The New York Giants laid an egg in their first game of the season, albeit an expected one against a far-superior Dallas Cowboys team that has divisional-title aspirations in 2019.
It didn’t take long for the Giants’ shortcomings to not only be revealed but exposed on both sides of the ball.
Yes, the Giants put up 470 yards of total offense against a solid Cowboys defense, and there were still glaring issues that need to be addressed.
Here are two big takeaways from the Week 1 beatdown in Dallas:
1) WHERE’S THE DEFENSE?
The national football media is pretty funny.
Yes, Dak Prescott had a monster game where he picked apart the Giants defense for 405 passing yards and four touchdowns.
Yes, he became just the second Cowboys since Don Meredith in 1969 to put up a perfect passer rating of 158.3 in a regular-season game.
Yes, that man deserves his money and a big contract.
Yes, Cowboys offensive coordinator Kellen Moore pushed all the right buttons in Big Blue’s dismantling at AT&T Stadium.
Let’s take a break from the Cowboys love-fest, though. The main reason why Prescott and the ‘boys performed as well as they did was because the Giants defense is a hot pile of garbage.
And that might be too nice a term.
Following a season in which he was sacked 56 times, Prescott wasn’t touched by the Giants’ pass rush. In fact, Prescott was only pressured on three of 32 dropbacks on Sunday (9.4-percent). According to ESPN Stats and Info, that was the lowest pressure rate of his career.
All that time in the pocket allowed him to find the open man with ease — although it wasn’t too hard to begin with because the Giants secondary was a complete non-factor.
Rookie Deandre Baker — one of the Giants’ first-round draft picks in 2019 — was torched on multiple occasions by Amari Cooper and Michael Gallup.
His counterpart, Antonio Hamilton, got the start on Sunday despite not being featured in a single defensive snap last year.
He was bossed around by Randall Cobb for most of the day, especially on an embarrassing tackle attempt that saw the veteran receiver throw him down on a stiff arm like a sack of potatoes during the second quarter on a 3rd-and-10 in the red zone.
— Mike Leslie (@MikeLeslieWFAA) September 8, 2019
To say they need to rebound is an understatement or else the Giants will have the worst pass defense in the NFL this season.
2) THE MISMANAGEMENT OF SAQUON BARKLEY
Opening day of the season in a divisional game against an opponent that is the overwhelming favorite usually means that an underdog is going to lean heavily on their best player.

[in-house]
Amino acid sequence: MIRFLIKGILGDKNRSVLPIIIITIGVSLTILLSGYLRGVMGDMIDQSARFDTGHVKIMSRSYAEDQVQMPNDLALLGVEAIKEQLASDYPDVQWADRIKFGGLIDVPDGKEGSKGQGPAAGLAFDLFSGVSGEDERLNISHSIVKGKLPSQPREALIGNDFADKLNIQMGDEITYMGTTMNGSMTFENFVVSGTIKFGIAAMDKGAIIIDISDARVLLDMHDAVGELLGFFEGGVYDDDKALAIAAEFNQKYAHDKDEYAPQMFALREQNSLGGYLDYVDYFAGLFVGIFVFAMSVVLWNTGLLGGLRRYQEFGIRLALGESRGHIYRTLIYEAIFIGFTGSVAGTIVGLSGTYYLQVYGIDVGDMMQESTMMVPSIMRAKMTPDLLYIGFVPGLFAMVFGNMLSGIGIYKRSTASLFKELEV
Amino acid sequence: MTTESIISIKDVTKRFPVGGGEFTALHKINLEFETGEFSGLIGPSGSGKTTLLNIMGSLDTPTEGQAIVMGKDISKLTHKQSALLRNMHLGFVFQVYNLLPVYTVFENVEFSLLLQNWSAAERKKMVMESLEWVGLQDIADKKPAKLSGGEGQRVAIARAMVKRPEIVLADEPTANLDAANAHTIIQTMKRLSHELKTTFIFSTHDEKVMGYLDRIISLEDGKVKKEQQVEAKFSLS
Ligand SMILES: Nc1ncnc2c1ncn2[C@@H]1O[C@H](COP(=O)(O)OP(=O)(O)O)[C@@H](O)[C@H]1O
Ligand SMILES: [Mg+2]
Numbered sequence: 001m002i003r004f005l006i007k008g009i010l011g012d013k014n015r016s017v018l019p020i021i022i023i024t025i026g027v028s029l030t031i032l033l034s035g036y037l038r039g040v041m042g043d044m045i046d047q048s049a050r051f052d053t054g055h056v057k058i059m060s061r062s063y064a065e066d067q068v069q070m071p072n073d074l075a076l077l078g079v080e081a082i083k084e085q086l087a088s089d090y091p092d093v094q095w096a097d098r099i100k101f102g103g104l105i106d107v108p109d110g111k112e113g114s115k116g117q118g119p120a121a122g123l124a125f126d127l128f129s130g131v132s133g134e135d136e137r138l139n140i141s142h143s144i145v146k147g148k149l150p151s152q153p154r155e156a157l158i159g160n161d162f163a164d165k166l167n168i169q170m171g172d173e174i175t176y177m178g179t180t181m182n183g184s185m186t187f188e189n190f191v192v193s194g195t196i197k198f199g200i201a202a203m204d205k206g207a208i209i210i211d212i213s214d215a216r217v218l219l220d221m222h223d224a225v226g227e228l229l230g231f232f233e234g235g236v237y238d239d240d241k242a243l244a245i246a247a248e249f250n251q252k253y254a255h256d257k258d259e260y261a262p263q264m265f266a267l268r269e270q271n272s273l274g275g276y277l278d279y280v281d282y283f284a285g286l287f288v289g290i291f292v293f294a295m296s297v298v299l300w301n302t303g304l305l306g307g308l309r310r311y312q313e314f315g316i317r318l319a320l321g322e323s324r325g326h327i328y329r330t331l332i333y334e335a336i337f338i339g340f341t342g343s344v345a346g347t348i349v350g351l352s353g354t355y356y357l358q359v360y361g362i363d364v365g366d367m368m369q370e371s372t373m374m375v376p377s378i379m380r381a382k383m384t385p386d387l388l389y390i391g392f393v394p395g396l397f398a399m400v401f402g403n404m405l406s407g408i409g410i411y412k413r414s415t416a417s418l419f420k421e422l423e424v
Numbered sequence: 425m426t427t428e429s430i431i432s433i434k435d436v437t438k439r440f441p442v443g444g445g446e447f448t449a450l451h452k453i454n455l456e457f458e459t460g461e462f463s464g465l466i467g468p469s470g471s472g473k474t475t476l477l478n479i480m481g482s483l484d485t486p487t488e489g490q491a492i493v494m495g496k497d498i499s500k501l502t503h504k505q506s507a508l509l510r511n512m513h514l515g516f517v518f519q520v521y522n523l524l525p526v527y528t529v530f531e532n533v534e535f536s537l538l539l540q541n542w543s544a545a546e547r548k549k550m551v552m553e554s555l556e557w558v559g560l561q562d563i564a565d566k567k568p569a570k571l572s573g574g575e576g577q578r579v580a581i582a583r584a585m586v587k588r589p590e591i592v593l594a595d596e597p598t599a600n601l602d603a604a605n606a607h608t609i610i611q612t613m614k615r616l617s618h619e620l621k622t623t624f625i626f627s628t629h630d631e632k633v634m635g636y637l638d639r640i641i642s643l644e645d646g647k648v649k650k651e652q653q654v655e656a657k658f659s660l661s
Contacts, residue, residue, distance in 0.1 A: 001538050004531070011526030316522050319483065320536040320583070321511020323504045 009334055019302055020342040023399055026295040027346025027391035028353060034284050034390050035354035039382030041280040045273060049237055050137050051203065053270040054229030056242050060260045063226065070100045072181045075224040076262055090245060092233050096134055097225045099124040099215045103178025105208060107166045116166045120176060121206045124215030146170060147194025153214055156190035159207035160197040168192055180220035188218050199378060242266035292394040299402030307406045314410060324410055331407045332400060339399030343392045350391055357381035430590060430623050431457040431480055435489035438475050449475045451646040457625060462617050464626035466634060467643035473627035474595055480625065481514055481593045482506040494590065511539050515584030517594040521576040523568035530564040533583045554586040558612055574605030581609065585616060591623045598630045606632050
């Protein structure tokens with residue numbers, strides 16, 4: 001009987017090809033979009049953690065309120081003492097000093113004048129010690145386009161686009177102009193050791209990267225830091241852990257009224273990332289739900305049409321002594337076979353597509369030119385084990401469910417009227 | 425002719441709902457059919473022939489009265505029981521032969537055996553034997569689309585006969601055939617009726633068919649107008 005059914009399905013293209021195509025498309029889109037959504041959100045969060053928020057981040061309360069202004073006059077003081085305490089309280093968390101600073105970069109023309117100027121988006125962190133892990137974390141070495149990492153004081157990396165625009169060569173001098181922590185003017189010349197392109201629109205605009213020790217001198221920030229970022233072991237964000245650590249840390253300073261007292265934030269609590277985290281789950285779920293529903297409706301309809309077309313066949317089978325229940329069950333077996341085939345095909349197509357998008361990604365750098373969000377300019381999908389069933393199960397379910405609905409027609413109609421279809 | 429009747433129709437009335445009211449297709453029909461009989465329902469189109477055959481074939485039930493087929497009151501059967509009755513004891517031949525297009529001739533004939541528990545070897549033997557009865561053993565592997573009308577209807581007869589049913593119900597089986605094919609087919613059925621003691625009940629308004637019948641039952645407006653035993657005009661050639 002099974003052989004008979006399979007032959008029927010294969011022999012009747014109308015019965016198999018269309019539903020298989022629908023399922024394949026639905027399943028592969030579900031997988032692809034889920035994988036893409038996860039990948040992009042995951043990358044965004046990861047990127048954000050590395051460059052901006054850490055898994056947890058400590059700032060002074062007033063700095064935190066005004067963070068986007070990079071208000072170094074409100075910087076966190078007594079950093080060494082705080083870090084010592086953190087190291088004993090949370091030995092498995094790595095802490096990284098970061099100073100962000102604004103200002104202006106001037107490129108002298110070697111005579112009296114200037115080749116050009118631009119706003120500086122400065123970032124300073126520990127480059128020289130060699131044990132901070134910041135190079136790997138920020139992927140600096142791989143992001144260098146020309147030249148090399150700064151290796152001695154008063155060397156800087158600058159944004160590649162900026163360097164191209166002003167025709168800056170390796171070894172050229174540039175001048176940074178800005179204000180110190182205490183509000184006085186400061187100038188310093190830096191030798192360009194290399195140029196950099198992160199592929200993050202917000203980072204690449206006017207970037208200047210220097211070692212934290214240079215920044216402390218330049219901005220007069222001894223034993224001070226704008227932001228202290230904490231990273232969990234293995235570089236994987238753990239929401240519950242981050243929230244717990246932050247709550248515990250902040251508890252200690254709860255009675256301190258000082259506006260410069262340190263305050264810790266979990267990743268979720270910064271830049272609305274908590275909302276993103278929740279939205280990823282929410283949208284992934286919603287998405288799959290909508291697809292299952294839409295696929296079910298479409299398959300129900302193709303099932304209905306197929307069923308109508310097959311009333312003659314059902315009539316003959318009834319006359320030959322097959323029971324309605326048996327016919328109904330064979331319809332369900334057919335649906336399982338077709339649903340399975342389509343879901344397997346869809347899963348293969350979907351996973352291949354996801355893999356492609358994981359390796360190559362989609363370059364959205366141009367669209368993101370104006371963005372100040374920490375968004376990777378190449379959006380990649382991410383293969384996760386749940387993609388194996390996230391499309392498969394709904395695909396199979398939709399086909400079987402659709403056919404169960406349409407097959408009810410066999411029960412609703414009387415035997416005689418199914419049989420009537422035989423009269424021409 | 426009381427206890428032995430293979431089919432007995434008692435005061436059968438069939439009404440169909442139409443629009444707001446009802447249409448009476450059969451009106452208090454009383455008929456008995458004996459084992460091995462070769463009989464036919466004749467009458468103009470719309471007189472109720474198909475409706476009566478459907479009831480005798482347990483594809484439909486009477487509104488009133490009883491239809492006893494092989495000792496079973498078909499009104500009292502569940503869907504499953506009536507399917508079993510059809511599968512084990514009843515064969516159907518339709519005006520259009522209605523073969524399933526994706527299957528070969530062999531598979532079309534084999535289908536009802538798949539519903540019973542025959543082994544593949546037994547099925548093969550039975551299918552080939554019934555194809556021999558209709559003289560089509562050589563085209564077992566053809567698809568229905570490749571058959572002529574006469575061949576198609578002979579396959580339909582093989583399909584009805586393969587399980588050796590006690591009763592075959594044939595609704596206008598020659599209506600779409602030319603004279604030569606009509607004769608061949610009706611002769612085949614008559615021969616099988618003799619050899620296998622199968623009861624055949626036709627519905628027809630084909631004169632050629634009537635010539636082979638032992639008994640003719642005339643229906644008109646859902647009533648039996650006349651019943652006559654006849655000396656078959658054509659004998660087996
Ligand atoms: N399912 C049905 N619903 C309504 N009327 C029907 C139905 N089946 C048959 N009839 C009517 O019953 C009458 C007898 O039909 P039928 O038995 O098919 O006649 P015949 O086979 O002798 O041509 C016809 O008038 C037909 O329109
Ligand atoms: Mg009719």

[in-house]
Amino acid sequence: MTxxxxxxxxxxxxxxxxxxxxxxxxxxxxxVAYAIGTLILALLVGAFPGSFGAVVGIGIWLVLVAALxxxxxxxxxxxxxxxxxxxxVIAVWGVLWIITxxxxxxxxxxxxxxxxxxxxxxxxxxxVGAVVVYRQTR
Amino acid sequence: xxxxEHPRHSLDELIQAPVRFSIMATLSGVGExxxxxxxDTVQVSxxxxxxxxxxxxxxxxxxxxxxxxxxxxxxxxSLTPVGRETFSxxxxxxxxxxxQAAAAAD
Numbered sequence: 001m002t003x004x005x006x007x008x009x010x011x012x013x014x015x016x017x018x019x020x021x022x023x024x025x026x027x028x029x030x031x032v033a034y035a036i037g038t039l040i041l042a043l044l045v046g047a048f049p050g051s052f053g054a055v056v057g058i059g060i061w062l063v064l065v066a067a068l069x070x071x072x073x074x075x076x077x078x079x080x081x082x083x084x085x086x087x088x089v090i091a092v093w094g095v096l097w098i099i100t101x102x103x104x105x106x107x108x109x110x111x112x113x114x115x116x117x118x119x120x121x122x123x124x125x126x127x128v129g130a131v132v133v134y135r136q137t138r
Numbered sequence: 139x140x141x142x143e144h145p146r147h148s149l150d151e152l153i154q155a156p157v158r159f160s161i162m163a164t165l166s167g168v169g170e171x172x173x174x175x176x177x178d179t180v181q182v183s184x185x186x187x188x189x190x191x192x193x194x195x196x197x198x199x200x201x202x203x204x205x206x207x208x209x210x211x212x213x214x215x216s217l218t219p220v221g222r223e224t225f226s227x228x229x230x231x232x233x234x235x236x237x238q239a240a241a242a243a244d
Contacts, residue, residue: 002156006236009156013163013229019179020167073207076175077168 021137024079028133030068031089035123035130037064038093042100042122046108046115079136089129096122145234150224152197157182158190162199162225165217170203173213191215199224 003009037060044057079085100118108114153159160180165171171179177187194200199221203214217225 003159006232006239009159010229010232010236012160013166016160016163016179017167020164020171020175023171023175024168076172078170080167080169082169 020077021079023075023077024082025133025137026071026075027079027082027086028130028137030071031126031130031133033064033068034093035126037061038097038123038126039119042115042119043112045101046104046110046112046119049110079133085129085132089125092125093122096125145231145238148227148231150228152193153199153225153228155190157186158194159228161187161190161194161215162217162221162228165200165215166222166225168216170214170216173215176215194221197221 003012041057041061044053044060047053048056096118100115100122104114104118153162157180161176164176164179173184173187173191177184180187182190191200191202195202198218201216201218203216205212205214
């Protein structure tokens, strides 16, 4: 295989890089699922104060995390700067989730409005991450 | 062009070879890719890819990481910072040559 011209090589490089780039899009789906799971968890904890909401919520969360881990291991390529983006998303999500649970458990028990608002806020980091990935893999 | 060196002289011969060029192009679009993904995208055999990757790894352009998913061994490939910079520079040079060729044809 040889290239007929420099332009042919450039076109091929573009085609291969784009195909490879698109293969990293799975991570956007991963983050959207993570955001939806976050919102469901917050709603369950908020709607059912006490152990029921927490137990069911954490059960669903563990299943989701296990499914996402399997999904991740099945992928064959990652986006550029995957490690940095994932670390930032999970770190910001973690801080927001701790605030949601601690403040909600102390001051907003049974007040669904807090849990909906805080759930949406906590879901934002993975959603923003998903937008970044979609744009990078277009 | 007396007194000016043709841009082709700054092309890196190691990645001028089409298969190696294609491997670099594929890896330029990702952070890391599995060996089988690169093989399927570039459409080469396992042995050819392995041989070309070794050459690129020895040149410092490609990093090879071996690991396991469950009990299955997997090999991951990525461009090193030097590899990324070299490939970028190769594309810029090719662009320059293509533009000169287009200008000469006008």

For the Giants, that best player — without a doubt — is Saquon Barkley.
The second-year running back is going to be the engine that fuels New York’s offense this season, much like he did last year during a sterling rookie campaign.
During their opening drive, head coach Pat Shurmur went to Barkley who proceeded to punch the Cowboys in the mouth. He reeled off a 59-yard run to accentuate a seven-play, 91-yard drive that ended with an Evan Engram touchdown catch.
.@Saquon being Saquon
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— NFL (@NFL) September 8, 2019
Barkley had 74 of those yards on that drive (66 rushing, eight receiving), a clear indication that the Cowboys weren’t going to be able to stop him.
And then Shurmur decided to just abandon Barkley.
For the rest of the game, Barkley had just nine more rushing attempts and three receptions for a grand total of 15 touches on the evening.
On 11 carries, Barkley put up 120 yards (10.9 yards per rush). That’s averaging more than a first down every time Shurmur decided to call a running play.
And yet you only give him the ball 11 times?
I get it, the Giants were playing from behind most of the day, but when it’s a one or two-possession game during the first half, Barkley needs to be the bellcow.
This isn’t anything new though when it comes to Shurmur and his blatant hesitancy of running the Giants offense through Barkley.
The 22-year-old carried the ball at least 20 times on just four occasions last season. The Giants were 3-1 in those games.
They were 2-10 when Barkley had less than 20.
I’m not saying that’s the sole reason why they lost those games, but you have a game-changer in your backfield that isn’t getting the ball enough.